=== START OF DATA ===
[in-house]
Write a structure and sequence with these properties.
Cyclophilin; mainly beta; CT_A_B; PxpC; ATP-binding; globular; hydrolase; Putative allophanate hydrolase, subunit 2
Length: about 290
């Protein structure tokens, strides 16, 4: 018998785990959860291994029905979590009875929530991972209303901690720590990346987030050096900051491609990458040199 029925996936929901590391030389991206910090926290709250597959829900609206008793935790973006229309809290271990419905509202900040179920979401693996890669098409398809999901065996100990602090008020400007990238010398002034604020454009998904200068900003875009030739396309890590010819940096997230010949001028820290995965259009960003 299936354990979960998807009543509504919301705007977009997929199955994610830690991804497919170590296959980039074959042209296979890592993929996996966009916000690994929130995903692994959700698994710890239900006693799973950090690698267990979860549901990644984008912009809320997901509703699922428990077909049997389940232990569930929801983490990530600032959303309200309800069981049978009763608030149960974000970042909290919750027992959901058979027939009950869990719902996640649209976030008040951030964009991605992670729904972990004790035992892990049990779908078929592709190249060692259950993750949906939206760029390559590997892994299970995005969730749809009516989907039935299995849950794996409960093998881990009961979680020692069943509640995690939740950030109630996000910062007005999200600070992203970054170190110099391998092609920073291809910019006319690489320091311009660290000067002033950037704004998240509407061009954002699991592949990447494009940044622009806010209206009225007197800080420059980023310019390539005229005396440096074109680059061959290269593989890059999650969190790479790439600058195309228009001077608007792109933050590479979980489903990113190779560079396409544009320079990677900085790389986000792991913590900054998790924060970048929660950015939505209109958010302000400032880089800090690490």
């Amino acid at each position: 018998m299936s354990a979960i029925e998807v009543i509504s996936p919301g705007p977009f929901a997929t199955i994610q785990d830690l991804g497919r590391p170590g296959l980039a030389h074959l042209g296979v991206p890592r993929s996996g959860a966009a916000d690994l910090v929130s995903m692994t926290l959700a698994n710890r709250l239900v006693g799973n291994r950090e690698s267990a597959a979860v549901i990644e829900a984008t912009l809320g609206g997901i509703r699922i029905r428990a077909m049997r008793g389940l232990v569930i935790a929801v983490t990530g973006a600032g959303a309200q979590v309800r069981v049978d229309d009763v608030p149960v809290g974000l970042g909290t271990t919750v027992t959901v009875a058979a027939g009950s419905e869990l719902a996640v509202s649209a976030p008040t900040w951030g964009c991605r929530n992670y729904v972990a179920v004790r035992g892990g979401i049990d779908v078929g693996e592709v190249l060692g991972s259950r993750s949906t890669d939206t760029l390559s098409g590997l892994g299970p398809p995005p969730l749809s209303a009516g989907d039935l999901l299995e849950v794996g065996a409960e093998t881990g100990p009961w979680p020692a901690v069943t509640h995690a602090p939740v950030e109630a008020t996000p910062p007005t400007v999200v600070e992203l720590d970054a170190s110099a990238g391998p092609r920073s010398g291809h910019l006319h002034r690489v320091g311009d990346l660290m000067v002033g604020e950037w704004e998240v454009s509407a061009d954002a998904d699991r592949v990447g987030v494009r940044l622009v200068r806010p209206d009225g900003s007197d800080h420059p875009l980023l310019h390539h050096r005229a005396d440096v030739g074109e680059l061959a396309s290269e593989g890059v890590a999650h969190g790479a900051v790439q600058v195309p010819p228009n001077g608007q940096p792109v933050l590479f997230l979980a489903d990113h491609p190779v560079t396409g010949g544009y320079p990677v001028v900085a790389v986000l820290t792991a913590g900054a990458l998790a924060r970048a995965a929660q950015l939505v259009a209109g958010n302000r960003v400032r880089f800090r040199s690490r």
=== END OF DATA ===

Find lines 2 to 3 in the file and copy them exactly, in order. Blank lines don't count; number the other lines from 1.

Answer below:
Write a structure and sequence with these properties.
Cyclophilin; mainly beta; CT_A_B; PxpC; ATP-binding; globular; hydrolase; Putative allophanate hydrolase, subunit 2